Donald Trump was right. The election was rigged. What Trump got wrong (and, boy, does he get things wrong) is that the rigging worked in his favor. The manipulations took three monumental forms: Russian cyber-sabotage; FBI meddling; and systematic Republican efforts, especially in swing states, to prevent minority citizens from casting votes. The cumulative effect was more than sufficient to shift the outcome in Trump’s favor and put the least qualified major-party candidate in the history of the republic into the White House.
Trumpist Internet trolls and Trump himself dismiss such concerns as sour grapes, but for anyone who takes seriously the importance of operating a democracy these assaults on the nation’s core political process constitute threats to the country’s very being. Let’s look at each of these areas of electoral interference in detail.
Gone Phishing: The Drone of Info Warfare
Suppose one morning you receive an e-mail from your Internet service provider telling you a security breach has put your data at risk. You are instructed to reset your password immediately. In keeping with the urgency of the situation, the e-mail that delivers the warning provides a link to the page where your new password can be entered. Anxiously you do as instructed, hoping you’ve acted soon enough to prevent a disaster.
Congratulations: You have successfully reset your password. Unfortunately, you have also provided it to the hackers who sent the original, entirely bogus warning about a breach of security. This kind of ploy is called phishing. It’s exactly how the e-mail account of John Podesta, Hillary Clinton’s campaign chair, was penetrated. His assistants fell for the ruse.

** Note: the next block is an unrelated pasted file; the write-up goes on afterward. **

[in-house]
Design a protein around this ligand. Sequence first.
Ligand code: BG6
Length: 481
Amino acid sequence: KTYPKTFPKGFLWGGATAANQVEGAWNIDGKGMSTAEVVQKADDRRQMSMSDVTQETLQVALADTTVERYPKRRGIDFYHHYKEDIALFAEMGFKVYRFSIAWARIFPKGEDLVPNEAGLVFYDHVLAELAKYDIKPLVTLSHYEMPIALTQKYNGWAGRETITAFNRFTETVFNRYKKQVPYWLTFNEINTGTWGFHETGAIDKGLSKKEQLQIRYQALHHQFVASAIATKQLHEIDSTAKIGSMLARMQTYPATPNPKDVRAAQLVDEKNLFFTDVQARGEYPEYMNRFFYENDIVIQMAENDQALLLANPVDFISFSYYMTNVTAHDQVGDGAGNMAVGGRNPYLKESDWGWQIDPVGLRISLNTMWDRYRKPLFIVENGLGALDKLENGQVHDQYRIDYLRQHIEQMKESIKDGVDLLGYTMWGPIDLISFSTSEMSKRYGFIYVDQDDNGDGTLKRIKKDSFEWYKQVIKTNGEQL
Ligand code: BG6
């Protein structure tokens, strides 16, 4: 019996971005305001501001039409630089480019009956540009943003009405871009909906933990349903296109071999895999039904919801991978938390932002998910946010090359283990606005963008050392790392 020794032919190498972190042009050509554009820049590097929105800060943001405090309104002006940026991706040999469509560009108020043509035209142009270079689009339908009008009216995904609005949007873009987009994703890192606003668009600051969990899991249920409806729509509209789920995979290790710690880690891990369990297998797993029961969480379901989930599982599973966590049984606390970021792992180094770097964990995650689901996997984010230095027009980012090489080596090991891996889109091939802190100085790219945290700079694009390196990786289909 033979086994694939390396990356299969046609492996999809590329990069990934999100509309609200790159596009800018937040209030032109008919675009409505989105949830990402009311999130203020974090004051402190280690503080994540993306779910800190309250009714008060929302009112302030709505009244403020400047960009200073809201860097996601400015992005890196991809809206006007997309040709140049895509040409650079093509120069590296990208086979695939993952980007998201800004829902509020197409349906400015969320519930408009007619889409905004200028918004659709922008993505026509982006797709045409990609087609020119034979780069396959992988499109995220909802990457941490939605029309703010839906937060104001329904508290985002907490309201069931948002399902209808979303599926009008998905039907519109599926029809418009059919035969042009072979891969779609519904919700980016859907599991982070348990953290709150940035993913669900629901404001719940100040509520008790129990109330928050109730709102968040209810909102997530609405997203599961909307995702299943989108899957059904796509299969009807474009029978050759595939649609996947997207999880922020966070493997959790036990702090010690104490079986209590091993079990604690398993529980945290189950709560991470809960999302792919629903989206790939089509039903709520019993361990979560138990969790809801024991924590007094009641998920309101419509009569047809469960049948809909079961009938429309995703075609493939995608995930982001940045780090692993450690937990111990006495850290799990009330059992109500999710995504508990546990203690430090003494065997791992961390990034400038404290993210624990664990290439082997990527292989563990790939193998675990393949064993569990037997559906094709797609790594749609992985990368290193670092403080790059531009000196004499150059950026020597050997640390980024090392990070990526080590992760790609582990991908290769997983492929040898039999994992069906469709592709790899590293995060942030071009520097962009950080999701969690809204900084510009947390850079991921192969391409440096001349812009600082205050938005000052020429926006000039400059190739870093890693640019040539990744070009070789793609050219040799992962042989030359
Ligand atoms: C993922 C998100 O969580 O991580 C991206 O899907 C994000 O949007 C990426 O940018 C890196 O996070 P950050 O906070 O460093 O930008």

Alternatively, a phisher might send dozens of intriguing offers to employees of a certain organization over the course of weeks. Each message provides a link for more information, and as soon as someone in a moment of boredom or confusion clicks on it, presto change-o, the hacker is inside that person’s computer, free to worm through the network to which it’s connected. This is how hackers got into the computers of the Democratic National Committee (DNC) and downloaded not just e-mails but strategic planning documents and other confidential information.
At this point no one aside from Trump die-hards and maybe Trump himself—he has said so many contradictory things on the subject, it’s difficult to tell what he actually believes—denies that the hackers were Russian and acted under some kind of official instruction, even possibly from the highest levels of Kremlin authority, including Russian President Vladimir Putin. Moreover, it’s clear that the harvest of stolen material was used to help Trump and hurt Clinton. This is the unambiguous conclusion of a National Intelligence Community report released on January 6th and representing the shared conclusions of the CIA, the FBI, and the National Security Agency, which stated: “Russia’s goals were to undermine public faith in the US democratic process, denigrate Secretary Clinton, and harm her electability and potential presidency. We further assess Putin and the Russian Government developed a clear preference for President-elect Trump. We have high confidence in these judgments.”